His development company, The Gillespie Group, owns the property.

The tower isn’t operational today, Gillespie said, but it is a Frandor icon. His company hopes to incorporate it into the property’s redevelopment.

“We want to keep it,” Gillespie said.

Edru Skate’s rooftop animals

Like the West Saginaw Highway Meijer giraffe, Edru Skate’s rooftop animal statues are part of the landscape along Cedar Street in Holt.

And they’re often a point of reference people use when they give directions to the longtime skating rink, which opened in 1956.

“Look for the animals on the roof,” they say, said Edru’s General Manager Jackie Cortez.

“The animals on the roof are a landmark, a way of identifying the place for some,” she said.

Today the zebra, giraffe, elephant, turtle and monkey are fixed to pedestals on Edru’s roof, but in the late 1960s they were decorations on a miniature golf course that was on the property.

All five of the animals were moved to the roof after it closed, Cortez said.

Keeping them there wasn’t always easy, she said. Students used to steal them from Edru’s roof and place them inside a school building as a joke.

“The schools always knew to call us and we’d go get them,” Cortez said.

Preuss Pets’ waterfall and rockscape

Preuss Pets bills itself as “a pet store with a purpose” and the same is true for the business decor, both inside and out, its owner Rick Preuss said.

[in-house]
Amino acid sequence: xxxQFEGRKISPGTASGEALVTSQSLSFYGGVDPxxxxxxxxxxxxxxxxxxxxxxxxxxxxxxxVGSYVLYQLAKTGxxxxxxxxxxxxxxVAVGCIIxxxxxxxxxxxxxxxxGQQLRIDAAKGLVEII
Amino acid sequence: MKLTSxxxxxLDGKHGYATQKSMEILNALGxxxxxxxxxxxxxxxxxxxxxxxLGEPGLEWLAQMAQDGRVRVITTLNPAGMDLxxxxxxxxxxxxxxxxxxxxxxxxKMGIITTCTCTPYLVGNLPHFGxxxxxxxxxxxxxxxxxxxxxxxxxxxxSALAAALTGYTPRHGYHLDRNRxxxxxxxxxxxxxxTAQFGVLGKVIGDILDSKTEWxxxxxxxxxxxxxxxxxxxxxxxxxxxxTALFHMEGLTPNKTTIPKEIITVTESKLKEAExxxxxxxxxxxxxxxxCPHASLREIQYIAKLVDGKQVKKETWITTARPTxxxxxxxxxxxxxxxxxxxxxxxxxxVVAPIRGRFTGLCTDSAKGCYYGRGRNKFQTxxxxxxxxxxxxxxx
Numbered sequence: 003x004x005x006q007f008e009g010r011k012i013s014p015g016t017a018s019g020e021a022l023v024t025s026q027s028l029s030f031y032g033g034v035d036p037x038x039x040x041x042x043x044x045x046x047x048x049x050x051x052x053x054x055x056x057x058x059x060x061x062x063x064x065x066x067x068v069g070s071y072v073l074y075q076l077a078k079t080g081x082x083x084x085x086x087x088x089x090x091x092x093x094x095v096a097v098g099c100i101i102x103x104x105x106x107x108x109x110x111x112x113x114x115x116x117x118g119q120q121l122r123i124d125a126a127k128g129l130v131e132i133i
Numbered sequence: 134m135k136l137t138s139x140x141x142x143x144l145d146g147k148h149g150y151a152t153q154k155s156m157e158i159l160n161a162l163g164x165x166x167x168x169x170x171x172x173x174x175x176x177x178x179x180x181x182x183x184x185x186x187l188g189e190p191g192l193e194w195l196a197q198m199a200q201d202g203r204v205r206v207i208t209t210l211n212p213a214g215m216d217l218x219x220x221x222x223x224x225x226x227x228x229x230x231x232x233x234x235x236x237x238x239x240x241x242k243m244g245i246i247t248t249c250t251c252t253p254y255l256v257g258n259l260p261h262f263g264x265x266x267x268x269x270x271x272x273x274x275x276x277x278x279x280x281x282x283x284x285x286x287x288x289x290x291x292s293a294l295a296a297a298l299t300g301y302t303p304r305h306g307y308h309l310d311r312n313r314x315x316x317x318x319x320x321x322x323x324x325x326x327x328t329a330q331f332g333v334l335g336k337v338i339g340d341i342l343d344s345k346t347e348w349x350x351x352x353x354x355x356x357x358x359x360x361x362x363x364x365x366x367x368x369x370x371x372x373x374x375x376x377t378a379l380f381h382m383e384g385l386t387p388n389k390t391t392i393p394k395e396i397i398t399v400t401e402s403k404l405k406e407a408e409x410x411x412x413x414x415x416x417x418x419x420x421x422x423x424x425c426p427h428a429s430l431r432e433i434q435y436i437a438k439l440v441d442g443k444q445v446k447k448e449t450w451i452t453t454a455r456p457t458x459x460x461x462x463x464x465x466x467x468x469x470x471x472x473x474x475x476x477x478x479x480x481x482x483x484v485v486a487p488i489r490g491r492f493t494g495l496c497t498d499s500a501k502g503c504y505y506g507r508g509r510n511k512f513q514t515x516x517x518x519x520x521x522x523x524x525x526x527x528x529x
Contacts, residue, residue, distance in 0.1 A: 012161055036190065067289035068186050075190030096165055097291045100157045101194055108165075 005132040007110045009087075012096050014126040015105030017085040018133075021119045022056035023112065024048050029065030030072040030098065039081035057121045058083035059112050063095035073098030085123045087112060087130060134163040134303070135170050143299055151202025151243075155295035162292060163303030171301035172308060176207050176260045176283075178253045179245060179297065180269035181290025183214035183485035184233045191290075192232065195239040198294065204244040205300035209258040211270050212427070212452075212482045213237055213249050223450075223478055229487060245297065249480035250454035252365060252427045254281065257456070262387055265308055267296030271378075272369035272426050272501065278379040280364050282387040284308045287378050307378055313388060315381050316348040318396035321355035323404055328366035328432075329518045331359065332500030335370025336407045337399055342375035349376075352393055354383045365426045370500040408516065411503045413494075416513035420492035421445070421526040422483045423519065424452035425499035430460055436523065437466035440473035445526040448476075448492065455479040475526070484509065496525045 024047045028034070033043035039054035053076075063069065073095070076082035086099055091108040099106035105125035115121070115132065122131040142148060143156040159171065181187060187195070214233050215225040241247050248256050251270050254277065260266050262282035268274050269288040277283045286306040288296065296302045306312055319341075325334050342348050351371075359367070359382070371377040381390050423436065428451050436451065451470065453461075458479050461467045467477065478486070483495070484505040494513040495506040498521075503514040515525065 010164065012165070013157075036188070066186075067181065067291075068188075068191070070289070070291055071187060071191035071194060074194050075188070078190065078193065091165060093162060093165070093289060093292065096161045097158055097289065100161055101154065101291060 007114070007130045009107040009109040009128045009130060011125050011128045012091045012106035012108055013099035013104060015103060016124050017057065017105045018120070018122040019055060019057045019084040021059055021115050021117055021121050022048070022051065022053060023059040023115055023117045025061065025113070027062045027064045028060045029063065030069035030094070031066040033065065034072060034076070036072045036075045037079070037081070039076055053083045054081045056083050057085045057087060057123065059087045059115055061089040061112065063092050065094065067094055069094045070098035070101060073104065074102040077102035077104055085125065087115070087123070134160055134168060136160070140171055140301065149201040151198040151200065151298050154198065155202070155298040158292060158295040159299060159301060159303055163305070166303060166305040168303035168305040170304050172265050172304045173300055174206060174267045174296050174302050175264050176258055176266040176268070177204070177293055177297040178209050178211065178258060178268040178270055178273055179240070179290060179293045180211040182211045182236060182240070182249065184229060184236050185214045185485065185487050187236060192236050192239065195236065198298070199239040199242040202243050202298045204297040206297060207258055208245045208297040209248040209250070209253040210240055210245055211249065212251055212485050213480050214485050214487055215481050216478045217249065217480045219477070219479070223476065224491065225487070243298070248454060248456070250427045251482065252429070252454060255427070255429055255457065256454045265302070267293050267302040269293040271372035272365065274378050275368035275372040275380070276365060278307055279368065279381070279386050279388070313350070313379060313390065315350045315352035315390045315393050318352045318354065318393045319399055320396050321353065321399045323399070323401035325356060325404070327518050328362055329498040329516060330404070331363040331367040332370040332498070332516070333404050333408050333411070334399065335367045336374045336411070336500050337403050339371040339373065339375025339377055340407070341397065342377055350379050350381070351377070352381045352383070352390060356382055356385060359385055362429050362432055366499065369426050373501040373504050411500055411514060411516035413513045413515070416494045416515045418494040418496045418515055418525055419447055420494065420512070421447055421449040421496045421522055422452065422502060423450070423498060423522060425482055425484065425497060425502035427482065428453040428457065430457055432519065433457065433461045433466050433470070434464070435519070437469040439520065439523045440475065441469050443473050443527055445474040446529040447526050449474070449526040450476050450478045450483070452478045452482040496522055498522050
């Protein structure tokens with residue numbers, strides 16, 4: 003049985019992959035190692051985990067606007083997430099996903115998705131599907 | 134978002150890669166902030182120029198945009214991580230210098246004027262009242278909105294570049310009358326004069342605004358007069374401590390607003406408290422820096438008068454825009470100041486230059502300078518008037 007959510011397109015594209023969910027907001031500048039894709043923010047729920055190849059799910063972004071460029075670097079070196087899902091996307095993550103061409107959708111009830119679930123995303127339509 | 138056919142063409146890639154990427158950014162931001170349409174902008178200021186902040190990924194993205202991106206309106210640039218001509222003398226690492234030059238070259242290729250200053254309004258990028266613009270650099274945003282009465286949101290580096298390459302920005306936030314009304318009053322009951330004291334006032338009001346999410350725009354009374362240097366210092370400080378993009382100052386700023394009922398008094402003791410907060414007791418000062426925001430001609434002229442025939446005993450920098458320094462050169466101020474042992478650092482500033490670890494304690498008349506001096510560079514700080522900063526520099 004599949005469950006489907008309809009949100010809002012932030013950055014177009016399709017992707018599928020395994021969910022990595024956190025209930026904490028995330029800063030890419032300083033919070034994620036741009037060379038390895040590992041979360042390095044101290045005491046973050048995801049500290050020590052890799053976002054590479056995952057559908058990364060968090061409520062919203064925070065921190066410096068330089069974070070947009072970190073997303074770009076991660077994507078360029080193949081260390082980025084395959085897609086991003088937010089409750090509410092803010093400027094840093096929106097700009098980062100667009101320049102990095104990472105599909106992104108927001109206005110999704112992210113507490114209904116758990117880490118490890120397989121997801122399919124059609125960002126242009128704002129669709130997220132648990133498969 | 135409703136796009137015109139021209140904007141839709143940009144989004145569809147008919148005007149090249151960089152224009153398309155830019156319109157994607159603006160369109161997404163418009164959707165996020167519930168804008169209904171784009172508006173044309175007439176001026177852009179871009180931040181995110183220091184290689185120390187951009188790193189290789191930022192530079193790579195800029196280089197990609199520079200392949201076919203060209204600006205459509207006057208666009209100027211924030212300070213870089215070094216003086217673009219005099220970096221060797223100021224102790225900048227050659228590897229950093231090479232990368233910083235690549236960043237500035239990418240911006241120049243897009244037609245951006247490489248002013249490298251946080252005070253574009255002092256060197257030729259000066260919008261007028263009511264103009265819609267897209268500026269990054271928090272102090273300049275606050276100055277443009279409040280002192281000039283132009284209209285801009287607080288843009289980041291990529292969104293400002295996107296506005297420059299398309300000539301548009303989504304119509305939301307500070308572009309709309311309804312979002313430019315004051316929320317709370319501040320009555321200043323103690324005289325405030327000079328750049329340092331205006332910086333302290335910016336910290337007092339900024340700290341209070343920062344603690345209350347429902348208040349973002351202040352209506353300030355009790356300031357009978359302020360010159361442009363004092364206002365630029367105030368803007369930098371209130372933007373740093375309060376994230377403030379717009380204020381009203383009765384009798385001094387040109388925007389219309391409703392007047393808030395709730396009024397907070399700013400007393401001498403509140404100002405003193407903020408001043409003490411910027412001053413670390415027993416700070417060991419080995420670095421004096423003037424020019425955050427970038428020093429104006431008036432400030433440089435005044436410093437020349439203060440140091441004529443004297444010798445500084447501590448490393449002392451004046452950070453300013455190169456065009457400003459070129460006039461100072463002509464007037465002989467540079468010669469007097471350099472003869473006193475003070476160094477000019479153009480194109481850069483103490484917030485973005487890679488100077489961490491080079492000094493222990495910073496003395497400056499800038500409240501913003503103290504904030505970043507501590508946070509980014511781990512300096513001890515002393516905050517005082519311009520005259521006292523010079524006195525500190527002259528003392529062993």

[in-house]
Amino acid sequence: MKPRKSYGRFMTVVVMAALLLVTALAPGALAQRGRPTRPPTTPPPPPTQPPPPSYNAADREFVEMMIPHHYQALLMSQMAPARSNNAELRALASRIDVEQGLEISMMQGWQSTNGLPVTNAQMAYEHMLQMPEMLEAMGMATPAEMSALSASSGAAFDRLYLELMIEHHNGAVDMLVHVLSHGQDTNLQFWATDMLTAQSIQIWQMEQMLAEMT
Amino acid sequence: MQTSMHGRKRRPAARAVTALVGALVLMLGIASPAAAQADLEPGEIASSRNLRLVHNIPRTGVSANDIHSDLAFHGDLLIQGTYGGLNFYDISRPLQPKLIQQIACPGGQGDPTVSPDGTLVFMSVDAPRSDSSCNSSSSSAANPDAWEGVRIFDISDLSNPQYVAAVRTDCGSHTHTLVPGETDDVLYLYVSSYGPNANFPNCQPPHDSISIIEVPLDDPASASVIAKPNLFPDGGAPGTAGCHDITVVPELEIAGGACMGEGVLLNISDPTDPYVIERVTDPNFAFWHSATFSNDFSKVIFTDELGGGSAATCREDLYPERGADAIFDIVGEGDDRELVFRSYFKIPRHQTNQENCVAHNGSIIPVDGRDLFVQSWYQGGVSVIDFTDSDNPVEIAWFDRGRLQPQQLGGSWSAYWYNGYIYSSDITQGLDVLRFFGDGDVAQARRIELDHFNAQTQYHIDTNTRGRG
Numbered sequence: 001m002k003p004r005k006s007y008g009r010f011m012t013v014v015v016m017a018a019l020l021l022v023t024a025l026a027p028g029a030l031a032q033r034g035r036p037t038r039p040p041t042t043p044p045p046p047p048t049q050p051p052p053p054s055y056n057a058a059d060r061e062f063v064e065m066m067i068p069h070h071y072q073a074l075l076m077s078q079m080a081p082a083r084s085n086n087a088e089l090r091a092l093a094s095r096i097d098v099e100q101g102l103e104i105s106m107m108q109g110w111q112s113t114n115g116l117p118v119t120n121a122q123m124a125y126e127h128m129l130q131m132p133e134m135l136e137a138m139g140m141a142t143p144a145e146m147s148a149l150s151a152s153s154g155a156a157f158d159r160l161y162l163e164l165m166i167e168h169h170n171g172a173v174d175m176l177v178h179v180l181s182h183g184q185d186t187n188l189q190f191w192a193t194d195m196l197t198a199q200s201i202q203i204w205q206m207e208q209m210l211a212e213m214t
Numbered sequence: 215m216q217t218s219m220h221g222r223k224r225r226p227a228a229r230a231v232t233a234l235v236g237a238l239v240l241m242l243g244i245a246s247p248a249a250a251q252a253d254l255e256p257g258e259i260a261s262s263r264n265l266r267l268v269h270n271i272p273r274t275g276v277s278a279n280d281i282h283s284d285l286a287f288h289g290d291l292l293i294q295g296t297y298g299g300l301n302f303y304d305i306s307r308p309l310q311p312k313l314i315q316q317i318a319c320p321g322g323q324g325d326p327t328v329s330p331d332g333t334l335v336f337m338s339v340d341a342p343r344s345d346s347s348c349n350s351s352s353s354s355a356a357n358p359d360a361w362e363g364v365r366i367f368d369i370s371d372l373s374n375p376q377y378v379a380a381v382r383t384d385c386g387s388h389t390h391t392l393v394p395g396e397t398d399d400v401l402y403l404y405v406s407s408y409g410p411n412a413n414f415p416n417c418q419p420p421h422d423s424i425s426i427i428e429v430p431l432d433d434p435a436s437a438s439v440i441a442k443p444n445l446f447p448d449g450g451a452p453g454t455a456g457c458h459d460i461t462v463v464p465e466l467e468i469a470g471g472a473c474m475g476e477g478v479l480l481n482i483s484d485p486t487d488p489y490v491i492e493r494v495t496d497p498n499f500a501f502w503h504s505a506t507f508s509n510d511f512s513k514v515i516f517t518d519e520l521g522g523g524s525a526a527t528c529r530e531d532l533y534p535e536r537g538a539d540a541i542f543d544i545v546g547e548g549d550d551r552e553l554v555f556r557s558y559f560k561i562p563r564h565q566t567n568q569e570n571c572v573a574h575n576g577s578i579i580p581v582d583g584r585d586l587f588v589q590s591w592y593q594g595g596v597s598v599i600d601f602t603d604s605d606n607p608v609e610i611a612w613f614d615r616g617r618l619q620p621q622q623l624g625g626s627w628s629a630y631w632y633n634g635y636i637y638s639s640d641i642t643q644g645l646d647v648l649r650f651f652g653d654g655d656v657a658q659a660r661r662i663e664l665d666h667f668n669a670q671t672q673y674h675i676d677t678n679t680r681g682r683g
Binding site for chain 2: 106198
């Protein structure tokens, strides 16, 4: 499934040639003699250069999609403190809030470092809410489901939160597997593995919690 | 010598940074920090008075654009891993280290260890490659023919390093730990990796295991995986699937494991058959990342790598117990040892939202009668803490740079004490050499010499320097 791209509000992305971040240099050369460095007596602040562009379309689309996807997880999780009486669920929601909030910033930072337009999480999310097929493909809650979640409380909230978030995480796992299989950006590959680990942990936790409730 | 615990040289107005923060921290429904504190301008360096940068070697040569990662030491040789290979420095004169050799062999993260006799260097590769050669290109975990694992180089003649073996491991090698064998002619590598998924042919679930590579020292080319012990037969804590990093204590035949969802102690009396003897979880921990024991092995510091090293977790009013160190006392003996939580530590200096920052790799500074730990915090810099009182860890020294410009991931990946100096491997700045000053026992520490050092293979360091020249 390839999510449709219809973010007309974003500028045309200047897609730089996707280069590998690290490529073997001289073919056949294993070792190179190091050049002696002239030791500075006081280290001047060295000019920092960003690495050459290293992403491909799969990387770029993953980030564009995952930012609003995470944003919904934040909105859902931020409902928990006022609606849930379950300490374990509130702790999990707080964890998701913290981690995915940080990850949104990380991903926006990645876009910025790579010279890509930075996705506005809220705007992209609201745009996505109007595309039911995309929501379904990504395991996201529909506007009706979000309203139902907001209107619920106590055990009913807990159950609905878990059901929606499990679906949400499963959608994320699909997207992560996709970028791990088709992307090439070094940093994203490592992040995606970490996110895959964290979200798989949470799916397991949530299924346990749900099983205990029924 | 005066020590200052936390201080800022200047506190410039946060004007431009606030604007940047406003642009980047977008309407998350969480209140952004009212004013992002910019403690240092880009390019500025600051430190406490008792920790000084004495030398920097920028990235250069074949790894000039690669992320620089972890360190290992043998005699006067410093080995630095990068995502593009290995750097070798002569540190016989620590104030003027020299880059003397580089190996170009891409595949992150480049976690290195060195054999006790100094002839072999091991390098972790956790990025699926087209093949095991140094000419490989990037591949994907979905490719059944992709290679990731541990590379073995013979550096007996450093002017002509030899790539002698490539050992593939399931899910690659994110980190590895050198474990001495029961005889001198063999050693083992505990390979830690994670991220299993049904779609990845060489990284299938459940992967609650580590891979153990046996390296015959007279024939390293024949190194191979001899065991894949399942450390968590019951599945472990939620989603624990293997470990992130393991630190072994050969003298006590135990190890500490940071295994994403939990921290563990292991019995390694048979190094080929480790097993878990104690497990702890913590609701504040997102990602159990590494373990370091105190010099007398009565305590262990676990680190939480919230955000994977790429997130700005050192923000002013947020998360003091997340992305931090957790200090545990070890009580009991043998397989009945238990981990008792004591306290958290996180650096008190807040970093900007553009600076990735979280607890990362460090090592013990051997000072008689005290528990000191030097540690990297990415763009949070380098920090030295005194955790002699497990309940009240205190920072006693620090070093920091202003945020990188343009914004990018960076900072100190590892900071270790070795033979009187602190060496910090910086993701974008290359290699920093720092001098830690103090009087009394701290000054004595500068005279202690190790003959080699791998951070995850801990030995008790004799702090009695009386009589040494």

In 2005, when he bought the building in Lansing’s Old Town, Preuss intended to set the tone for his store before customers even came in the front door.

That was the inspiration behind the colorful wall mural, large waterfall and rock garden out in front.

“It’s getting people into the right frame of mind to understand, you know, the absolute, majestic nature of what we have the fortune of working with,” Preuss said. “The goal was to make a display of a continuous theme in front of the store for where nature enters in.”

Robby Preuss, Jade Preuss and Mike Wendt all had a hand in the waterfall and rockscape’s creation.

Tom Phillips created the mural, Preuss said.

“With the waterfall, we’ve had people come up and just take pictures of it all day long,” he said.

READ MORE:

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Six foodie-friendly restaurants worth the drive from Lansing

Amazon to open its first mid-Michigan fulfillment center in Delta Twp.

Downtown Lansing’s steam clock

There’s more to the large 31-foot tall clock in Lansing’s Wentworth Park than meets the eye.

A gift from the Lansing Rotary Club in 1997 in honor of the City of Lansing’s 150th birthday, it’s powered by both electricity and steam.

Steam powers the five chimes heard at different times during the day. An electric carillon plays two songs a day from a collection of 10,000 at 12:05 p.m. and 5:05 p.m.

The clock’s gears, cables and pulleys, including a restored 1927 Seth Thomas clock mechanism, are visible through windows on its sides.

Which landmarks did we miss? Contact Rachel Greco at [email protected] Follow her on Twitter @GrecoatLSJ .